‘In Gundam, there’s already a built-in fan base among anime fans. There are hundreds of sites dedicated to its discussion. Our goal is to give a U.S audience the same compelling story line that Japanese audiences have been enthusiastic about for years,’ says Goldner.
Anton looking for
Based in the Netherlands, Telescreen Distribution is hunting down presales and additional partners for a whimsical short series called Anton. A co-production with Kratki Film in the Czech Republic, the pencil-drawn preschool toon will initially be produced as 13 five-minute episodes for a planned December 2000 completion. The budget for the initial run is US$455,000, although the total cost will be upped to US$1.8 million should the partners move ahead on 39 episodes that are planned. Based on a character created by Academy Award-winning animator B¿rge Ring, Anton stars a seven-year-old boy who uses his active imagination to make the real world more fun. All rights are currently up for grabs, with Telescreen handling distribution.
Virtual surfers suffer in Megaram
Spain’s PPM Multimedia is tapping into kids’ love of the Internet with a new US$6-million animated series for six- to 12-year-olds called Megaram. A co-pro project that’s in development with Madrid-based Tabano Arts and Animation Films and France’s Toon Factory, the 26 x 26-minute concept features young surfers trapped inside the Web by an evil despot named Dr. Destroyer. The cyberkids glean superpowers from their digital surroundings to foil the foul plots of Destroyer and his Virus henchman. In keeping with the high-tech theme, animation for the show layers 2-D characters over 3-D inside-the-Web backgrounds and foregrounds rendered by Tabano’s 3-D branch Angelus. With broadcast negotiations underway with Germany’s Super RTL and Spain’s Via Digital, PPM is hoping to have the project done by late 2002. PPM is on the hunt for partners capable of developing Web games and CD-ROMs to augment the series’ cyberappeal.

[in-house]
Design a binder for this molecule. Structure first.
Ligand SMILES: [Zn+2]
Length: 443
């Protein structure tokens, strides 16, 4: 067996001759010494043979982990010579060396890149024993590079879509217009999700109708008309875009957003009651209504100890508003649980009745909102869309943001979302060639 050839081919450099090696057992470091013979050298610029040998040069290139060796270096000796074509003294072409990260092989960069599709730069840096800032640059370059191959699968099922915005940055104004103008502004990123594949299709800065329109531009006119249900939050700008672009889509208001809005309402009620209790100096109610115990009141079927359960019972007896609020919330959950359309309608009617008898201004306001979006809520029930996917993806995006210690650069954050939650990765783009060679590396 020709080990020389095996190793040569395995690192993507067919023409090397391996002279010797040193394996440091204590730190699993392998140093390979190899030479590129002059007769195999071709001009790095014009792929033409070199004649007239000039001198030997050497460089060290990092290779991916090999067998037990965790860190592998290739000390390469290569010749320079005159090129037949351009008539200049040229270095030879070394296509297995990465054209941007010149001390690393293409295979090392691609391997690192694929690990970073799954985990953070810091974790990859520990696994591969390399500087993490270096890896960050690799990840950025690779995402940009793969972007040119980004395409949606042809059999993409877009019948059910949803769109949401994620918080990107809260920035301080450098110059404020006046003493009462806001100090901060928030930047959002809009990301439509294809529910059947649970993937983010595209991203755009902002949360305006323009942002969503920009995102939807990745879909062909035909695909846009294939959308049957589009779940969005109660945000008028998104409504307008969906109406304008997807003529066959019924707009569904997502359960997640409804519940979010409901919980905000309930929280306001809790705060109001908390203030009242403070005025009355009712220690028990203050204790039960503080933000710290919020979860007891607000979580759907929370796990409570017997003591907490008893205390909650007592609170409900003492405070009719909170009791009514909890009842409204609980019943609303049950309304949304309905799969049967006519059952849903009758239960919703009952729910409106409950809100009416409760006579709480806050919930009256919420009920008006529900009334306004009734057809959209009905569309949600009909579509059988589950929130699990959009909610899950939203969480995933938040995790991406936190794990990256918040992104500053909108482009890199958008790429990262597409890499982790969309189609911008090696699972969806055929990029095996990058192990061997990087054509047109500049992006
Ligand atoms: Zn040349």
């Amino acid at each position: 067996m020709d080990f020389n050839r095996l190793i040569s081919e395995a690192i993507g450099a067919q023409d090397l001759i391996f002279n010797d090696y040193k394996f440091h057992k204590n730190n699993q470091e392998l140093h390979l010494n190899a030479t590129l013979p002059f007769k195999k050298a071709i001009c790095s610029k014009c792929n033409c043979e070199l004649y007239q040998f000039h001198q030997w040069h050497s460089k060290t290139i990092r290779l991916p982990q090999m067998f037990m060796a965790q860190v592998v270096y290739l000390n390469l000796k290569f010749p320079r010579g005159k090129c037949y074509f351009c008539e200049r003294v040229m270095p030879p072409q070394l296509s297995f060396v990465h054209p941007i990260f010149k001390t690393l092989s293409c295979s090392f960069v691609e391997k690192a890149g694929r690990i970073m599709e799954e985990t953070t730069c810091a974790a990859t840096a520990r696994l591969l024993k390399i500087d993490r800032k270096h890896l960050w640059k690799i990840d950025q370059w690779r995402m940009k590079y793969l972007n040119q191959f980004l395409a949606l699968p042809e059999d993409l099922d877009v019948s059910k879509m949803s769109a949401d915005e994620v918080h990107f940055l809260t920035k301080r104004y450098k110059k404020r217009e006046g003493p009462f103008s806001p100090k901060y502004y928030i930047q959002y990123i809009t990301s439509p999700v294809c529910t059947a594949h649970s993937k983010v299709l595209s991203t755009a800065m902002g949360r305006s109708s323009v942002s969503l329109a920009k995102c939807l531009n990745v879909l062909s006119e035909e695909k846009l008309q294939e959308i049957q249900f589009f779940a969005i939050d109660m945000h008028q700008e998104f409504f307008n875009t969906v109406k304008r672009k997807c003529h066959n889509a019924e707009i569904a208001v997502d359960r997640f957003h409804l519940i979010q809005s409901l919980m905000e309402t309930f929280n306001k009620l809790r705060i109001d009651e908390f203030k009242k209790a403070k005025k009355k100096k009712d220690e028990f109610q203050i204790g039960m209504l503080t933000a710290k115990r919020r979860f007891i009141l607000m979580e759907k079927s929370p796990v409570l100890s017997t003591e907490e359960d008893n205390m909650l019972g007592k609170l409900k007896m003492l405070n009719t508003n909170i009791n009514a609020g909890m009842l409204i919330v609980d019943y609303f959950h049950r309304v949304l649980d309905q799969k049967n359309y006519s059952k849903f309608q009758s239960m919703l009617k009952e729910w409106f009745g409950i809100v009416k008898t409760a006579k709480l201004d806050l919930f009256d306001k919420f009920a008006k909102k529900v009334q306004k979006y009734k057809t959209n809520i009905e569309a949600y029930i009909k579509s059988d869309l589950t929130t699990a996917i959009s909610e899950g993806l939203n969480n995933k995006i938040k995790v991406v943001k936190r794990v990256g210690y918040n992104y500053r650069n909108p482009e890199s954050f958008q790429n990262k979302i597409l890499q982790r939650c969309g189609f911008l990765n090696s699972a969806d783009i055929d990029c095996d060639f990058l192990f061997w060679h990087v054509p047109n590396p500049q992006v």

PPM is also shopping around a 200 x one-minute 2-D co-pro between Barcelona-based Studio Camera and New York’s SPI. Dr. Disaster targets teens and young adults with a comedic plot centering around the medical mishaps of a bumbling physician and his equally incompetent assistant. Currently in production with a rough budget of US$1 million, Dr. Disaster is slated for completion in June. Distribution rights are shared by SPI and PPM, and no broadcasters have come on-board yet.
Mega offers another
California-based Mega Entertainment is shopping for co-pro partners and broadcasters for EZ Net Surfers, a 26 x half-hour cel-animated series targeting kids ages eight and up. Budgeted at US$300,000 per episode, the show is centered around a group of teen hackers who create a cyberwarrior to fend off a virus. Currently in preproduction, Mega Entertainment hopes to have it ready for delivery by the end of this year. Mega will handle worldwide distribution.